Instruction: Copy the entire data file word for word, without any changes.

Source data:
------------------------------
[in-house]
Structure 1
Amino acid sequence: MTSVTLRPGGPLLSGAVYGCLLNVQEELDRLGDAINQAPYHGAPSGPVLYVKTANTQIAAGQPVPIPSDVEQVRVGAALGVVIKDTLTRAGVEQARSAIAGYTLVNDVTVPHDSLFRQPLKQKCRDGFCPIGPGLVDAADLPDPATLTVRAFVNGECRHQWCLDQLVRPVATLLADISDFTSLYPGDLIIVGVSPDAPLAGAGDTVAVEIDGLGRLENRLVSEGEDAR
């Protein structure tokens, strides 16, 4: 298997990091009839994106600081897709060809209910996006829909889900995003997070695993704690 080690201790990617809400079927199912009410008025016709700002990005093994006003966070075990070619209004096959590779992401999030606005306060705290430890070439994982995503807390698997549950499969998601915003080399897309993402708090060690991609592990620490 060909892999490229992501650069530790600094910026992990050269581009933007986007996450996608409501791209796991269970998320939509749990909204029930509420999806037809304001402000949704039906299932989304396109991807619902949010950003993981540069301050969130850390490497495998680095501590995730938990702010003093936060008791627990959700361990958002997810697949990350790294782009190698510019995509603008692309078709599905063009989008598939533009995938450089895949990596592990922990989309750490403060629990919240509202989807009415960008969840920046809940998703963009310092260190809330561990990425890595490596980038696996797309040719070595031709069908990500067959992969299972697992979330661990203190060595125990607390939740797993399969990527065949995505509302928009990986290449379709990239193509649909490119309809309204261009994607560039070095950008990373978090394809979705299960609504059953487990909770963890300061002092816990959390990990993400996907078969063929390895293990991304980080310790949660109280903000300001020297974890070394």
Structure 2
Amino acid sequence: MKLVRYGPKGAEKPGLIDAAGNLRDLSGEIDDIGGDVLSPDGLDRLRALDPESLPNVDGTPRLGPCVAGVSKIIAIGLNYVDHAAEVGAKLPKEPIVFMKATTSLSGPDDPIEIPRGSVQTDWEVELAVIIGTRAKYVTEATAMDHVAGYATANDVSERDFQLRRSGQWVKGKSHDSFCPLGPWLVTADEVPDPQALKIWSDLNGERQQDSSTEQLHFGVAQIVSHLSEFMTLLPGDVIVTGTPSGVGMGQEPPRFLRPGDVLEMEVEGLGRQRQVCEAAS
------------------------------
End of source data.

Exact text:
[in-house]
Structure 1
Amino acid sequence: MTSVTLRPGGPLLSGAVYGCLLNVQEELDRLGDAINQAPYHGAPSGPVLYVKTANTQIAAGQPVPIPSDVEQVRVGAALGVVIKDTLTRAGVEQARSAIAGYTLVNDVTVPHDSLFRQPLKQKCRDGFCPIGPGLVDAADLPDPATLTVRAFVNGECRHQWCLDQLVRPVATLLADISDFTSLYPGDLIIVGVSPDAPLAGAGDTVAVEIDGLGRLENRLVSEGEDAR
């Protein structure tokens, strides 16, 4: 298997990091009839994106600081897709060809209910996006829909889900995003997070695993704690 080690201790990617809400079927199912009410008025016709700002990005093994006003966070075990070619209004096959590779992401999030606005306060705290430890070439994982995503807390698997549950499969998601915003080399897309993402708090060690991609592990620490 060909892999490229992501650069530790600094910026992990050269581009933007986007996450996608409501791209796991269970998320939509749990909204029930509420999806037809304001402000949704039906299932989304396109991807619902949010950003993981540069301050969130850390490497495998680095501590995730938990702010003093936060008791627990959700361990958002997810697949990350790294782009190698510019995509603008692309078709599905063009989008598939533009995938450089895949990596592990922990989309750490403060629990919240509202989807009415960008969840920046809940998703963009310092260190809330561990990425890595490596980038696996797309040719070595031709069908990500067959992969299972697992979330661990203190060595125990607390939740797993399969990527065949995505509302928009990986290449379709990239193509649909490119309809309204261009994607560039070095950008990373978090394809979705299960609504059953487990909770963890300061002092816990959390990990993400996907078969063929390895293990991304980080310790949660109280903000300001020297974890070394």
Structure 2
Amino acid sequence: MKLVRYGPKGAEKPGLIDAAGNLRDLSGEIDDIGGDVLSPDGLDRLRALDPESLPNVDGTPRLGPCVAGVSKIIAIGLNYVDHAAEVGAKLPKEPIVFMKATTSLSGPDDPIEIPRGSVQTDWEVELAVIIGTRAKYVTEATAMDHVAGYATANDVSERDFQLRRSGQWVKGKSHDSFCPLGPWLVTADEVPDPQALKIWSDLNGERQQDSSTEQLHFGVAQIVSHLSEFMTLLPGDVIVTGTPSGVGMGQEPPRFLRPGDVLEMEVEGLGRQRQVCEAAS